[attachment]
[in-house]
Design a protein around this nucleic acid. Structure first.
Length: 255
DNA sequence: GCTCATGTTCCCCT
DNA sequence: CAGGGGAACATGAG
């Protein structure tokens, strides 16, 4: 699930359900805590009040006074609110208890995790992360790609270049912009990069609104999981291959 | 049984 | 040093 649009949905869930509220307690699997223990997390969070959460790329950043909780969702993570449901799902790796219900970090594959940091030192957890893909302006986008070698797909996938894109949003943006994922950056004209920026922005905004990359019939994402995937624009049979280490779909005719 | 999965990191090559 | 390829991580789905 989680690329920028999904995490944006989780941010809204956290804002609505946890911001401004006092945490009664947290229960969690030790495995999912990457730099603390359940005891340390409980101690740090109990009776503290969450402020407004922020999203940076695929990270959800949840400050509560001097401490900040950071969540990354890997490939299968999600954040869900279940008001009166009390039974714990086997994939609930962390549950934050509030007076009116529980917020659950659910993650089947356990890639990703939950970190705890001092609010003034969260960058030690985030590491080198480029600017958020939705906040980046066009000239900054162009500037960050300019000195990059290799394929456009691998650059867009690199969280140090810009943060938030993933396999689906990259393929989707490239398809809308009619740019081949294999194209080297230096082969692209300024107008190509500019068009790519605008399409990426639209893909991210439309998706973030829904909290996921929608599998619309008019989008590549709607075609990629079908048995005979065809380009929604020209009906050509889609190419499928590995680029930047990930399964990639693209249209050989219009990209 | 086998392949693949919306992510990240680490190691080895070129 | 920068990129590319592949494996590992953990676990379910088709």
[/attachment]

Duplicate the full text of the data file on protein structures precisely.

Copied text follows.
[in-house]
Design a protein around this nucleic acid. Structure first.
Length: 255
DNA sequence: GCTCATGTTCCCCT
DNA sequence: CAGGGGAACATGAG
């Protein structure tokens, strides 16, 4: 699930359900805590009040006074609110208890995790992360790609270049912009990069609104999981291959 | 049984 | 040093 649009949905869930509220307690699997223990997390969070959460790329950043909780969702993570449901799902790796219900970090594959940091030192957890893909302006986008070698797909996938894109949003943006994922950056004209920026922005905004990359019939994402995937624009049979280490779909005719 | 999965990191090559 | 390829991580789905 989680690329920028999904995490944006989780941010809204956290804002609505946890911001401004006092945490009664947290229960969690030790495995999912990457730099603390359940005891340390409980101690740090109990009776503290969450402020407004922020999203940076695929990270959800949840400050509560001097401490900040950071969540990354890997490939299968999600954040869900279940008001009166009390039974714990086997994939609930962390549950934050509030007076009116529980917020659950659910993650089947356990890639990703939950970190705890001092609010003034969260960058030690985030590491080198480029600017958020939705906040980046066009000239900054162009500037960050300019000195990059290799394929456009691998650059867009690199969280140090810009943060938030993933396999689906990259393929989707490239398809809308009619740019081949294999194209080297230096082969692209300024107008190509500019068009790519605008399409990426639209893909991210439309998706973030829904909290996921929608599998619309008019989008590549709607075609990629079908048995005979065809380009929604020209009906050509889609190419499928590995680029930047990930399964990639693209249209050989219009990209 | 086998392949693949919306992510990240680490190691080895070129 | 920068990129590319592949494996590992953990676990379910088709």